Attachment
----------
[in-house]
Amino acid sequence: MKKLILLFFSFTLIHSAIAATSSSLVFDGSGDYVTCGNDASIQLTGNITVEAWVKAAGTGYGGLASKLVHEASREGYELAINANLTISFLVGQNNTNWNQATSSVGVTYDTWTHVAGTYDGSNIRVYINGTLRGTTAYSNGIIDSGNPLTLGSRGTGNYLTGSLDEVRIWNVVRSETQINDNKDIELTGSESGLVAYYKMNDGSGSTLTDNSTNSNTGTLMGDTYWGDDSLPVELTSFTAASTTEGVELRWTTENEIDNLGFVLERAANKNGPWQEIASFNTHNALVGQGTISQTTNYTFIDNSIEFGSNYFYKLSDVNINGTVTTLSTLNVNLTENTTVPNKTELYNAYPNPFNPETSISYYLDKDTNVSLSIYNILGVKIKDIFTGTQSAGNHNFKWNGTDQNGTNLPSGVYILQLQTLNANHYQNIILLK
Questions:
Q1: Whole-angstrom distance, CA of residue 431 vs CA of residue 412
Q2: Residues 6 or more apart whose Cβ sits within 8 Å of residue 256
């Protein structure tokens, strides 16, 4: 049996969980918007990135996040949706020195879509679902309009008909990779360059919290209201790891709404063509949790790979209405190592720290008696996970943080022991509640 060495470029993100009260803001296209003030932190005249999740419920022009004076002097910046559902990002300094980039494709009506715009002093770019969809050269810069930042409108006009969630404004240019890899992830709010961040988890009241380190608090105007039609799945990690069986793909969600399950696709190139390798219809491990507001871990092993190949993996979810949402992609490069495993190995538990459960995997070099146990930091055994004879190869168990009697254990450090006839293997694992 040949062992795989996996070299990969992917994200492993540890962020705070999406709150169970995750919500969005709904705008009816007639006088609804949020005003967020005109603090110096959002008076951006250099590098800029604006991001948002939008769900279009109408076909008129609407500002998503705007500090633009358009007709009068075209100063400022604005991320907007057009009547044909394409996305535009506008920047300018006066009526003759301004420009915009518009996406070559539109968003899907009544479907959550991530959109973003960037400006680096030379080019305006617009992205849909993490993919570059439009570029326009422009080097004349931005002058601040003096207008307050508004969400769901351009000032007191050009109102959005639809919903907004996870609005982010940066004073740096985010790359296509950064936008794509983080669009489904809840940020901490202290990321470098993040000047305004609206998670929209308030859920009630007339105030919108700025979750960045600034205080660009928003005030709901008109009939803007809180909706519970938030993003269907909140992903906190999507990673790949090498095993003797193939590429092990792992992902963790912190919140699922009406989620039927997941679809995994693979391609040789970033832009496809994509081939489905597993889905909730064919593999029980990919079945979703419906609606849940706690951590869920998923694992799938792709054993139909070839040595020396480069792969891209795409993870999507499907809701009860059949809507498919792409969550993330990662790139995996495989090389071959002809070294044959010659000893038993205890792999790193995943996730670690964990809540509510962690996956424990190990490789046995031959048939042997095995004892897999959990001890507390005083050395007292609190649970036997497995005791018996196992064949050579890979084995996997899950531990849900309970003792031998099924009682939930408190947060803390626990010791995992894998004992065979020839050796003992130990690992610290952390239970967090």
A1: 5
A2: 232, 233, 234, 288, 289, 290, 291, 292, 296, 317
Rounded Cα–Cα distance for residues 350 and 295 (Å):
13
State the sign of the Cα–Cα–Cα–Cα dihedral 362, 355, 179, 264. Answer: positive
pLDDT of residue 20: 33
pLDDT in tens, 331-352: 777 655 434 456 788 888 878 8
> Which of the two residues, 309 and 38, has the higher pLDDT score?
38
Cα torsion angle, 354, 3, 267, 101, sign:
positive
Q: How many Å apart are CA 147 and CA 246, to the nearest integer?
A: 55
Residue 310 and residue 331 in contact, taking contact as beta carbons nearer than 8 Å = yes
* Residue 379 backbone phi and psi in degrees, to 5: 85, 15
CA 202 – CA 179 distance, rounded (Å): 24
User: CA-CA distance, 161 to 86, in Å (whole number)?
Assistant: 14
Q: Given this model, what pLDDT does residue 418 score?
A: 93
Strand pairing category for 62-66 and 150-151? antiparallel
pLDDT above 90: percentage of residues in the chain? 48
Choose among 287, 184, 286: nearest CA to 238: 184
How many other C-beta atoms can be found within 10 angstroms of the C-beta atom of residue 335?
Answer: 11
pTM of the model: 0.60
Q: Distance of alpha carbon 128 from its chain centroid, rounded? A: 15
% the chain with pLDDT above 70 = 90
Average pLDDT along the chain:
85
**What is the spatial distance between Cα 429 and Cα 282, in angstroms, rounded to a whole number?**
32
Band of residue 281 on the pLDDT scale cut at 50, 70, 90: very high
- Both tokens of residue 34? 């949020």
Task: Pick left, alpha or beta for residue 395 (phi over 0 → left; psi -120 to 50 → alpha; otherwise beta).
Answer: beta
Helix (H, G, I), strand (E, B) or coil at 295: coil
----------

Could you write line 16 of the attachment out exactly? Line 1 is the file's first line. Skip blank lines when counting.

Cα torsion angle, 354, 3, 267, 101, sign: